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April 21, 2014

Andrew Silow-Carroll: Passoverkill? Suggestions to make next year's seders even more culturally sensitive

Sara Israelsen Hartley: Seeking the Divine: An ancient connection in a new context

Christine M. Flowers: Priest's execution in Syria should be call to action

Courtnie Erickson: How to help kids accept the poor decisions of others

Lizette Borreli: A Glass Of Milk A Day Keeps Knee Arthritis At Bay

Lizette Borreli: 5 Health Conditions Your Breath Knows Before You Do

The Kosher Gourmet by Betty Rosbottom Coconut Walnut Bars' golden brown morsels are a beautifully balanced delectable delight

April 18, 2014

Rabbi Yonason Goldson: Clarifying one of the greatest philosophical conundrums in theology

Caroline B. Glick: The disappearance of US will

Megan Wallgren: 10 things I've learned from my teenagers

Lizette Borreli: Green Tea Boosts Brain Power, May Help Treat Dementia

John Ericson: Trying hard to be 'positive' but never succeeding? Blame Your Brain

The Kosher Gourmet by Julie Rothman Almondy, flourless torta del re (Italian king's cake), has royal roots, is simple to make, . . . but devour it because it's simply delicious

April 14, 2014

Rabbi Dr Naftali Brawer: Passover frees us from the tyranny of time

Greg Crosby: Passing Over Religion

Eric Schulzke: First degree: How America really recovered from a murder epidemic

Georgia Lee: When love is not enough: Teaching your kids about the realities of adult relationships

Cameron Huddleston: Freebies for Your Lawn and Garden

Gordon Pape: How you can tell if your financial adviser is setting you up for potential ruin

Dana Dovey: Up to 500,000 people die each year from hepatitis C-related liver disease. New Treatment Has Over 90% Success Rate

Justin Caba: Eating Watermelon Can Help Control High Blood Pressure

The Kosher Gourmet by Joshua E. London and Lou Marmon Don't dare pass over these Pesach picks for Manischewitz!

April 11, 2014

Rabbi Hillel Goldberg: Silence is much more than golden

Caroline B. Glick: Forgetting freedom at Passover

Susan Swann: How to value a child for who he is, not just what he does

Cameron Huddleston: 7 Financial Tasks You Should Tackle Right Now

Sandra Block and Lisa Gerstner: How to Profit From Your Passion

Susan Scutti: A Simple Blood Test Might Soon Diagnose Cancer

Chris Weller: Have A Slow Metabolism? Let Science Speed It Up For You

The Kosher Gourmet by Diane Rossen Worthington Whitefish Terrine: A French take on gefilte fish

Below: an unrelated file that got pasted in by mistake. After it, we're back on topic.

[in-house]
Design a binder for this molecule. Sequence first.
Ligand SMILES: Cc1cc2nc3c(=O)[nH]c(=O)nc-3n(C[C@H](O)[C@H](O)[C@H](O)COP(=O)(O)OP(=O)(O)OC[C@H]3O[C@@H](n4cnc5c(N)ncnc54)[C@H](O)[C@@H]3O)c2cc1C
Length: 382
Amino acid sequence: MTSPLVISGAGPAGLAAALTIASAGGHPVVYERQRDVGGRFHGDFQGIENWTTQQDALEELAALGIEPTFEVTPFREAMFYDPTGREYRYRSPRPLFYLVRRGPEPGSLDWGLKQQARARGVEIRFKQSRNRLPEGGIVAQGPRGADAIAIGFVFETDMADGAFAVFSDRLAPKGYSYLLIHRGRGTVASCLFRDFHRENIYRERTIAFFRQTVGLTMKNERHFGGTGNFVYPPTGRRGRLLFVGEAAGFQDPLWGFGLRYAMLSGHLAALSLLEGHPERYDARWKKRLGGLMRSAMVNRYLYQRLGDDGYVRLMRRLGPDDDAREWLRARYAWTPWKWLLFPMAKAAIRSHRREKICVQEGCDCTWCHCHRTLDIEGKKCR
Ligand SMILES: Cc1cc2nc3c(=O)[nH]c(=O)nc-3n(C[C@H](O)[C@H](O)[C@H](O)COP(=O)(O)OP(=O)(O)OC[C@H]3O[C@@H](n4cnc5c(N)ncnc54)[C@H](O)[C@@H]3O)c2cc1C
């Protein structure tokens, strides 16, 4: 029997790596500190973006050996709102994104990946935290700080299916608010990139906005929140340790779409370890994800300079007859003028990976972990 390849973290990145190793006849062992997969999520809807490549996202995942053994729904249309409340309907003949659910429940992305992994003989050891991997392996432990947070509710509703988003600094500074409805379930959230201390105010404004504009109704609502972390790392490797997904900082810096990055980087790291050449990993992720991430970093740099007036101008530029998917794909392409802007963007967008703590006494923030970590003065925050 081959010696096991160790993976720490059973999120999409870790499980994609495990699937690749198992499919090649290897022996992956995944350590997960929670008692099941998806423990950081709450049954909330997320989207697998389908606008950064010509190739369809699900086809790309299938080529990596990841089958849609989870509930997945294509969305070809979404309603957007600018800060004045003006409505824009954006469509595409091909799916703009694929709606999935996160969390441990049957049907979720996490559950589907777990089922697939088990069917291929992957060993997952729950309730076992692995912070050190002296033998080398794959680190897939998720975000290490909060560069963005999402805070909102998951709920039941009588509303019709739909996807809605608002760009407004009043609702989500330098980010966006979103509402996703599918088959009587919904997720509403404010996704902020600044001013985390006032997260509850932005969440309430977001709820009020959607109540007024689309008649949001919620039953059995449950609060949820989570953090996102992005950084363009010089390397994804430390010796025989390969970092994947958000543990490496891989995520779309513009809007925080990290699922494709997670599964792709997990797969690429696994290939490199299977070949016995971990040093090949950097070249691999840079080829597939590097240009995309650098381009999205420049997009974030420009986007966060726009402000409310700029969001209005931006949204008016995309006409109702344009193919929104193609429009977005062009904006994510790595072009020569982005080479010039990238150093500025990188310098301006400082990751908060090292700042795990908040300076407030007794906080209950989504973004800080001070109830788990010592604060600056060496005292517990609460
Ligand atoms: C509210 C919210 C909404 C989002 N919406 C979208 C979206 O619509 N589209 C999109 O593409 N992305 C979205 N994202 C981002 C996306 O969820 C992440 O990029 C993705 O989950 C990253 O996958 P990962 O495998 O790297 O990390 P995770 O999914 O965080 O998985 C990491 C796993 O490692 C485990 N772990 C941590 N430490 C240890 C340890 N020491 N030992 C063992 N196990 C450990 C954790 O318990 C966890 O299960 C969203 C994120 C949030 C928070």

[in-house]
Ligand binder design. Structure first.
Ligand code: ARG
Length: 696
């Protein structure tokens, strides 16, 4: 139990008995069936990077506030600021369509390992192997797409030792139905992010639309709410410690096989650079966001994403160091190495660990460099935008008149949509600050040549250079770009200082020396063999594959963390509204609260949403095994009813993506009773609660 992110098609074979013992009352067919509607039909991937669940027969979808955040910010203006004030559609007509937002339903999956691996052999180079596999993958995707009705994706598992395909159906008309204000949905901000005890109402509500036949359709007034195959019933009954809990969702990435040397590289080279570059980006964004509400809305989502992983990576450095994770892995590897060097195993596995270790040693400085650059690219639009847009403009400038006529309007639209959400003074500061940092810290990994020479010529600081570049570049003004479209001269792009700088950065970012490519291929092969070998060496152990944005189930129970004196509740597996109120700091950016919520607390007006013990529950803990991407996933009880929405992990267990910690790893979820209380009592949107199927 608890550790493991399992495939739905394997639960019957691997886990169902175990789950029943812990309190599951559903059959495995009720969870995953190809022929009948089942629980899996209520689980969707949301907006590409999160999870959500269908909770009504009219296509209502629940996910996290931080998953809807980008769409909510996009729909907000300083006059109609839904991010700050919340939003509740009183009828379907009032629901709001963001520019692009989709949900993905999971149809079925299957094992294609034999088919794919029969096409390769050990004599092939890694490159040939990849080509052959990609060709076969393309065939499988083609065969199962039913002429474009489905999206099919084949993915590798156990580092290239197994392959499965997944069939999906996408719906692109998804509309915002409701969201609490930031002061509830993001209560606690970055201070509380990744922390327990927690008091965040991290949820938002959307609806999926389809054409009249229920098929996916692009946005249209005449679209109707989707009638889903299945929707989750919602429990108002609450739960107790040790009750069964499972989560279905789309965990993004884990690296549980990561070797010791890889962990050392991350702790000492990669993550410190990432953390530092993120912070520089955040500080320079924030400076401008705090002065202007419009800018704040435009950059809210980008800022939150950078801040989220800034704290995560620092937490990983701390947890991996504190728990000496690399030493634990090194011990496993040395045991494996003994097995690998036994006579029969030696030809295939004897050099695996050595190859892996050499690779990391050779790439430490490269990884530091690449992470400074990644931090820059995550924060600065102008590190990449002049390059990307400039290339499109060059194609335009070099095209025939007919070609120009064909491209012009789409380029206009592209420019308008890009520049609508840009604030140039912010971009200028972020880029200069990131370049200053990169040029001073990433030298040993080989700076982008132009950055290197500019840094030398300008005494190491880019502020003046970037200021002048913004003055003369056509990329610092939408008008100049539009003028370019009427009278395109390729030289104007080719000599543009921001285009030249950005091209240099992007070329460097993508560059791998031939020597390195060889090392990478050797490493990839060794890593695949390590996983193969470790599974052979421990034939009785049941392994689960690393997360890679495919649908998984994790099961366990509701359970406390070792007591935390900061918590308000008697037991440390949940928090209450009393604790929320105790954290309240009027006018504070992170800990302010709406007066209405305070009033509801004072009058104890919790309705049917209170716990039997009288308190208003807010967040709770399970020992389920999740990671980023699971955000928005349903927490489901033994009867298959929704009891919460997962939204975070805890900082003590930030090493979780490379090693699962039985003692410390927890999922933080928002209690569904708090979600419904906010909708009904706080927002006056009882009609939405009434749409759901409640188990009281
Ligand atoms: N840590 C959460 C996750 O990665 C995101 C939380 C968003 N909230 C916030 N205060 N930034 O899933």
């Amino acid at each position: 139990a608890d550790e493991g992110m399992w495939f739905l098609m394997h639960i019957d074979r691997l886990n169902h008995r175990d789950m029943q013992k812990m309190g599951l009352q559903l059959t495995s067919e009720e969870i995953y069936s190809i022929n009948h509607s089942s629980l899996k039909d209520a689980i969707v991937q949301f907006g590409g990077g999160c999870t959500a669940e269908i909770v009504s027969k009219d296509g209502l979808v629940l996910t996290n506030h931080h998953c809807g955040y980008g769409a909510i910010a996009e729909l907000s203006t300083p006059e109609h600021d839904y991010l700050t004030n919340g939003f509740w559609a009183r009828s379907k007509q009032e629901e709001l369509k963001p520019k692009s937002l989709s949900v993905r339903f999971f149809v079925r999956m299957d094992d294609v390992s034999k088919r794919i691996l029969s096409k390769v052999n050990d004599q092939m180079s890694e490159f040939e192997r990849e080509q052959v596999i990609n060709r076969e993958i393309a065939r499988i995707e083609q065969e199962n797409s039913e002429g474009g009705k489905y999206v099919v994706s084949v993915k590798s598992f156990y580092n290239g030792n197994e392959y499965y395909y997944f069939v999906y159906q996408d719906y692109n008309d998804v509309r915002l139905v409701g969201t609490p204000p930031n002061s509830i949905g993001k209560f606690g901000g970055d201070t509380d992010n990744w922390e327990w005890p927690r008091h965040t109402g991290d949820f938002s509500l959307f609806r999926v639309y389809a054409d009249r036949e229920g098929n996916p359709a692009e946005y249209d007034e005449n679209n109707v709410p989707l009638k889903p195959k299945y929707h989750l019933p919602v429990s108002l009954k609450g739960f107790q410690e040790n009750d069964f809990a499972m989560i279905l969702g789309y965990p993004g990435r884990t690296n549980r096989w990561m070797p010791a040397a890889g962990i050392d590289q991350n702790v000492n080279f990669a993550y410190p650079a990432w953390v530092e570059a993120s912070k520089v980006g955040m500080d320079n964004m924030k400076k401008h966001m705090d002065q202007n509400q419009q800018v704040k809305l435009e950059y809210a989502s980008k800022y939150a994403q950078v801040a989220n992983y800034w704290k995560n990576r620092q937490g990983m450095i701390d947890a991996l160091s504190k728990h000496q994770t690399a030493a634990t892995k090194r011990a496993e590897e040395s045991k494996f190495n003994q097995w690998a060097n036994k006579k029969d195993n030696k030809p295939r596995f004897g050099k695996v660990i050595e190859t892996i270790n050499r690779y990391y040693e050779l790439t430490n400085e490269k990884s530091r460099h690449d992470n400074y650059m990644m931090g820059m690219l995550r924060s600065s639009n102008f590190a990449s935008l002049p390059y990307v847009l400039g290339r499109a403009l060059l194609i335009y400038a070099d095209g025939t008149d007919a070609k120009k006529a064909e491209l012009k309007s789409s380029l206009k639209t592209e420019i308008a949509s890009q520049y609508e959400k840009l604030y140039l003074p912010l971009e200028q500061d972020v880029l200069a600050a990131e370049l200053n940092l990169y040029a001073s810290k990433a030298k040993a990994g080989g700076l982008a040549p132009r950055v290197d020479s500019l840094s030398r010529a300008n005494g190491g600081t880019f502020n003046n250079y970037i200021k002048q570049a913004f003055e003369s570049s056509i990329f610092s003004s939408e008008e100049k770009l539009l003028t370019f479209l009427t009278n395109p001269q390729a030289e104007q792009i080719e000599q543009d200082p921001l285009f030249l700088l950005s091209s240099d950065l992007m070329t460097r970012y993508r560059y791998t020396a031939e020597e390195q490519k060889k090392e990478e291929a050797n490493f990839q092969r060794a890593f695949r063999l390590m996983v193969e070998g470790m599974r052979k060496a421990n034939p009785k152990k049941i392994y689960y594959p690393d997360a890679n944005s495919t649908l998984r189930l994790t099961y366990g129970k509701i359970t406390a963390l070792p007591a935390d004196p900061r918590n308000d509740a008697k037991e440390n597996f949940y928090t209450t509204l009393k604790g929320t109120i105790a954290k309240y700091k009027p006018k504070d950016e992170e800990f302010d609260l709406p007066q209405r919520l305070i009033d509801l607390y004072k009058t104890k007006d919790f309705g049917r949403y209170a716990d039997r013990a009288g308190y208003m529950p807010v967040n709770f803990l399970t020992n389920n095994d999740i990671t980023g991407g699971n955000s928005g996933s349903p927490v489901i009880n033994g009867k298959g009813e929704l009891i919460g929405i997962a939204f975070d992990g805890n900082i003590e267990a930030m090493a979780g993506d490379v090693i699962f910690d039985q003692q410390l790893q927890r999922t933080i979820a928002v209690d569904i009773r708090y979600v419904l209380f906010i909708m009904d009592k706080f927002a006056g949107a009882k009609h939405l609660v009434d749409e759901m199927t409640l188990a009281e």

April 9, 2014

Jonathan Tobin: Why Did Kerry Lie About Israeli Blame?

Samuel G. Freedman: A resolution 70 years later for a father's unsettling legacy of ashes from Dachau

Jessica Ivins: A resolution 70 years later for a father's unsettling legacy of ashes from Dachau

Kim Giles: Asking for help is not weakness

Kathy Kristof and Barbara Hoch Marcus: 7 Great Growth Israeli Stocks

Matthew Mientka: How Beans, Peas, And Chickpeas Cleanse Bad Cholesterol and Lowers Risk of Heart Disease

Sabrina Bachai: 5 At-Home Treatments For Headaches

The Kosher Gourmet by Daniel Neman Have yourself a matzo ball: The secrets bubby never told you and recipes she could have never imagined

April 8, 2014

Lori Nawyn: At Your Wit's End and Back: Finding Peace

Susan B. Garland and Rachel L. Sheedy: Strategies Married Couples Can Use to Boost Benefits

David Muhlbaum: Smart Tax Deductions Non-Itemizers Can Claim

Jill Weisenberger, M.S., R.D.N., C.D.E : Before You Lose Your Mental Edge

Dana Dovey: Coffee Drinkers Rejoice! Your Cup Of Joe Can Prevent Death From Liver Disease

Chris Weller: Electric 'Thinking Cap' Puts Your Brain Power Into High Gear

The Kosher Gourmet by Marlene Parrish A gift of hazelnuts keeps giving --- for a variety of nutty recipes: Entree, side, soup, dessert

April 4, 2014

Rabbi David Gutterman: The Word for Nothing Means Everything

Charles Krauthammer: Kerry's folly, Chapter 3

Amy Peterson: A life of love: How to build lasting relationships with your children

John Ericson: Older Women: Save Your Heart, Prevent Stroke Don't Drink Diet

John Ericson: Why 50 million Americans will still have spring allergies after taking meds

Cameron Huddleston: Best and Worst Buys of April 2014

Stacy Rapacon: Great Mutual Funds for Young Investors

Sarah Boesveld: Teacher keeps promise to mail thousands of former students letters written by their past selves

The Kosher Gourmet by Sharon Thompson Anyone can make a salad, you say. But can they make a great salad? (SECRETS, TESTED TECHNIQUES + 4 RECIPES, INCLUDING DRESSINGS)

April 2, 2014

Paul Greenberg: Death and joy in the spring

Dan Barry: Should South Carolina Jews be forced to maintain this chimney built by Germans serving the Nazis?

Mayra Bitsko: Save me! An alien took over my child's personality

Frank Clayton: Get happy: 20 scientifically proven happiness activities

Susan Scutti: It's Genetic! Obesity and the 'Carb Breakdown' Gene

Lecia Bushak: Why Hand Sanitizer May Actually Harm Your Health

Stacy Rapacon: Great Funds You Can Own for $500 or Less

Cameron Huddleston: 7 Ways to Save on Home Decor

The Kosher Gourmet by Steve Petusevsky Exploring ingredients as edible-stuffed containers (TWO RECIPES + TIPS & TECHINQUES)

Jewish World Review Nov. 14, 2013/ 11 Kislev, 5774

America jumps off the tiger's back

By Victor Davis Hanson